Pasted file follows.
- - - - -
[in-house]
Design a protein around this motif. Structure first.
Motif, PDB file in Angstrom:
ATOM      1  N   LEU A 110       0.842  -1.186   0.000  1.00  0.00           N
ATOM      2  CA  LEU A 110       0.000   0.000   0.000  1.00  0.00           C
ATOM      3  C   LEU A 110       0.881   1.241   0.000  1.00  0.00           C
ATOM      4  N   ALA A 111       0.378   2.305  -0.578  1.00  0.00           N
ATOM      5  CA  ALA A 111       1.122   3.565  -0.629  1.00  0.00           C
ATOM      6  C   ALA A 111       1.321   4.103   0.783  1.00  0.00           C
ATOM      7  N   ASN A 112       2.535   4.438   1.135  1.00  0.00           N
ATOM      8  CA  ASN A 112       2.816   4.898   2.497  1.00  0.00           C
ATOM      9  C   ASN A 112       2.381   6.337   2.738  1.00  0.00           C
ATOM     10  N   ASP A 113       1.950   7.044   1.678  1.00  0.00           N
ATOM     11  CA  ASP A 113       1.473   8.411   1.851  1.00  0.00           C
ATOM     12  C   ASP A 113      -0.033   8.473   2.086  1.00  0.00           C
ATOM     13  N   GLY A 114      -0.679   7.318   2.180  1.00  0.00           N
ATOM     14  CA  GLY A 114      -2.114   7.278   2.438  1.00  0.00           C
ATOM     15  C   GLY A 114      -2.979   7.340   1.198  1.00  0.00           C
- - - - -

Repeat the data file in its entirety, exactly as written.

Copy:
[in-house]
Design a protein around this motif. Structure first.
Motif, PDB file in Angstrom:
ATOM      1  N   LEU A 110       0.842  -1.186   0.000  1.00  0.00           N
ATOM      2  CA  LEU A 110       0.000   0.000   0.000  1.00  0.00           C
ATOM      3  C   LEU A 110       0.881   1.241   0.000  1.00  0.00           C
ATOM      4  N   ALA A 111       0.378   2.305  -0.578  1.00  0.00           N
ATOM      5  CA  ALA A 111       1.122   3.565  -0.629  1.00  0.00           C
ATOM      6  C   ALA A 111       1.321   4.103   0.783  1.00  0.00           C
ATOM      7  N   ASN A 112       2.535   4.438   1.135  1.00  0.00           N
ATOM      8  CA  ASN A 112       2.816   4.898   2.497  1.00  0.00           C
ATOM      9  C   ASN A 112       2.381   6.337   2.738  1.00  0.00           C
ATOM     10  N   ASP A 113       1.950   7.044   1.678  1.00  0.00           N
ATOM     11  CA  ASP A 113       1.473   8.411   1.851  1.00  0.00           C
ATOM     12  C   ASP A 113      -0.033   8.473   2.086  1.00  0.00           C
ATOM     13  N   GLY A 114      -0.679   7.318   2.180  1.00  0.00           N
ATOM     14  CA  GLY A 114      -2.114   7.278   2.438  1.00  0.00           C
ATOM     15  C   GLY A 114      -2.979   7.340   1.198  1.00  0.00           C